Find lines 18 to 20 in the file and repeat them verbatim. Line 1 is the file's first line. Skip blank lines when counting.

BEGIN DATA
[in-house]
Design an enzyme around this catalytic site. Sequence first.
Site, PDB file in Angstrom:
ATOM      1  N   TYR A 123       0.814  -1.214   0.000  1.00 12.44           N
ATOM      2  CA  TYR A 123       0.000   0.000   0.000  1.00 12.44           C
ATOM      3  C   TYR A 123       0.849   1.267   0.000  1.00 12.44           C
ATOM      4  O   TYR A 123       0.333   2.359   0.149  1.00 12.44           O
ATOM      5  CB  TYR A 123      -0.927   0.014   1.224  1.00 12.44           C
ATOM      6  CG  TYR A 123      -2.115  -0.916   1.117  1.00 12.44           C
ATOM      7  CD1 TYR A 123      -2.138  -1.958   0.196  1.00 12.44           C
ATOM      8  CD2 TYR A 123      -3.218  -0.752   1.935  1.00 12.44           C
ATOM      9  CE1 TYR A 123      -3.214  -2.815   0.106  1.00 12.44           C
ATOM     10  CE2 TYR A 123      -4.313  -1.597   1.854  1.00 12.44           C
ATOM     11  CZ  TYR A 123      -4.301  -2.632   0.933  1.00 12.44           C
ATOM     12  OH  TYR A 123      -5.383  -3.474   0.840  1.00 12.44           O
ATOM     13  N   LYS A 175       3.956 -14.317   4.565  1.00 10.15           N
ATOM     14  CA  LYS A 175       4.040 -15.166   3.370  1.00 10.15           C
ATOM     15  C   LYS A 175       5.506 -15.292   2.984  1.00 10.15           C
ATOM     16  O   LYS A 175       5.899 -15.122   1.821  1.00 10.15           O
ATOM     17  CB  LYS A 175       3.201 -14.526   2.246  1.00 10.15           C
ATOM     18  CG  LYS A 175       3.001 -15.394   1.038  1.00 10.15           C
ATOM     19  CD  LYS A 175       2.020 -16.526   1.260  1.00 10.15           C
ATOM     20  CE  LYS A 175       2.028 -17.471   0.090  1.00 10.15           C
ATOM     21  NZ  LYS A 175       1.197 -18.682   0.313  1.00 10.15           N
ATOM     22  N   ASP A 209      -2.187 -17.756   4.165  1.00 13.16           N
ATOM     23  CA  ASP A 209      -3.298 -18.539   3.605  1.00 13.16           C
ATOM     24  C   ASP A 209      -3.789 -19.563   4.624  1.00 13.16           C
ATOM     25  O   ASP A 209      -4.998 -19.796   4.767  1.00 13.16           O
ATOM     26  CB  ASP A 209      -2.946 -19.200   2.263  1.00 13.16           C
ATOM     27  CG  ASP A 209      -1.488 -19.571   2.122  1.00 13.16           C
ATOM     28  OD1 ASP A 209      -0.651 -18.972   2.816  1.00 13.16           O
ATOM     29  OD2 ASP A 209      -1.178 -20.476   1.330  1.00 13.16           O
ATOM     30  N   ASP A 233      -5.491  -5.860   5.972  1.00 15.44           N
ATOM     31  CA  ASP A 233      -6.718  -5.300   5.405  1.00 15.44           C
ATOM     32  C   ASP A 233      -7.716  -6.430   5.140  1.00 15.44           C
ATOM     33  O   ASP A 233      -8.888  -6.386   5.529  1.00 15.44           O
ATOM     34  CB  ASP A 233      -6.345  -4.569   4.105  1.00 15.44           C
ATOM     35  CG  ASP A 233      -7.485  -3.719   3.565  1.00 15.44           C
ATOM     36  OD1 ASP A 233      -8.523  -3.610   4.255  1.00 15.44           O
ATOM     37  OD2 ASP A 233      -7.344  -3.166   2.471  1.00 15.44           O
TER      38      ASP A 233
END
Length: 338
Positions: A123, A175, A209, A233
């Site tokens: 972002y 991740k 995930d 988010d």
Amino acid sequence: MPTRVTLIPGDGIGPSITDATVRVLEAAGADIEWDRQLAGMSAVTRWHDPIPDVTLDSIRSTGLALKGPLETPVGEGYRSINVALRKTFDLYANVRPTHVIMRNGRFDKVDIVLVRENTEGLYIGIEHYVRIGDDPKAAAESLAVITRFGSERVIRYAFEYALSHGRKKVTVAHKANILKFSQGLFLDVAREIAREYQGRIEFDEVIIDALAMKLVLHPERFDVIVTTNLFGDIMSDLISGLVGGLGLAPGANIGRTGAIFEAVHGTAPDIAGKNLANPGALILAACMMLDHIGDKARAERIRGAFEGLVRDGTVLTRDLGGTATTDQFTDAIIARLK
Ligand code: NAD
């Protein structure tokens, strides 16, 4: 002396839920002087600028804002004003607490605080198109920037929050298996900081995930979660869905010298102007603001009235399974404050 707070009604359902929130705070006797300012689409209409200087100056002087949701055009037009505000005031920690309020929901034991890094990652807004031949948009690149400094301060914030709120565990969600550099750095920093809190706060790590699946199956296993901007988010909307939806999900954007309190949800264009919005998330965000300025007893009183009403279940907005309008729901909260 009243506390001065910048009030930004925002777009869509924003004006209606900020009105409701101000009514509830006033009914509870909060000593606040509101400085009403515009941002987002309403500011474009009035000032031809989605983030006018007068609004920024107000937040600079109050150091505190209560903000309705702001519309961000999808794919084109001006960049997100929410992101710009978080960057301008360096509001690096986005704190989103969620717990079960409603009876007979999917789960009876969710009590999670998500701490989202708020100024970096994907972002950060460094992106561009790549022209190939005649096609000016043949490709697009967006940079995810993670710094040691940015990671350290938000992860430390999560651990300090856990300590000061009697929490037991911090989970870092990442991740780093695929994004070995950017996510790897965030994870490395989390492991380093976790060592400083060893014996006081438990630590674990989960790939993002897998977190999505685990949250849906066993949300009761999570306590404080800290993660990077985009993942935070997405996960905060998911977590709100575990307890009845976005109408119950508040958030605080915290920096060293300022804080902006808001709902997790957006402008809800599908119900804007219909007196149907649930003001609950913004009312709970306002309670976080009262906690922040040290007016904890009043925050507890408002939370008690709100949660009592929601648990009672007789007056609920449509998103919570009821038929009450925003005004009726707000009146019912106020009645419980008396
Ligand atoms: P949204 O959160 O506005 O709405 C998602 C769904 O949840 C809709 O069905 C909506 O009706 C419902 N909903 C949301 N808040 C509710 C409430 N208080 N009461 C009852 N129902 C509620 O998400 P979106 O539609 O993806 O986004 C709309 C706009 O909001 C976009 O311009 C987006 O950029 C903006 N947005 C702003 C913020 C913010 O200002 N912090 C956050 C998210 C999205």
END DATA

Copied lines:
ATOM     15  C   LYS A 175       5.506 -15.292   2.984  1.00 10.15           C
ATOM     16  O   LYS A 175       5.899 -15.122   1.821  1.00 10.15           O
ATOM     17  CB  LYS A 175       3.201 -14.526   2.246  1.00 10.15           C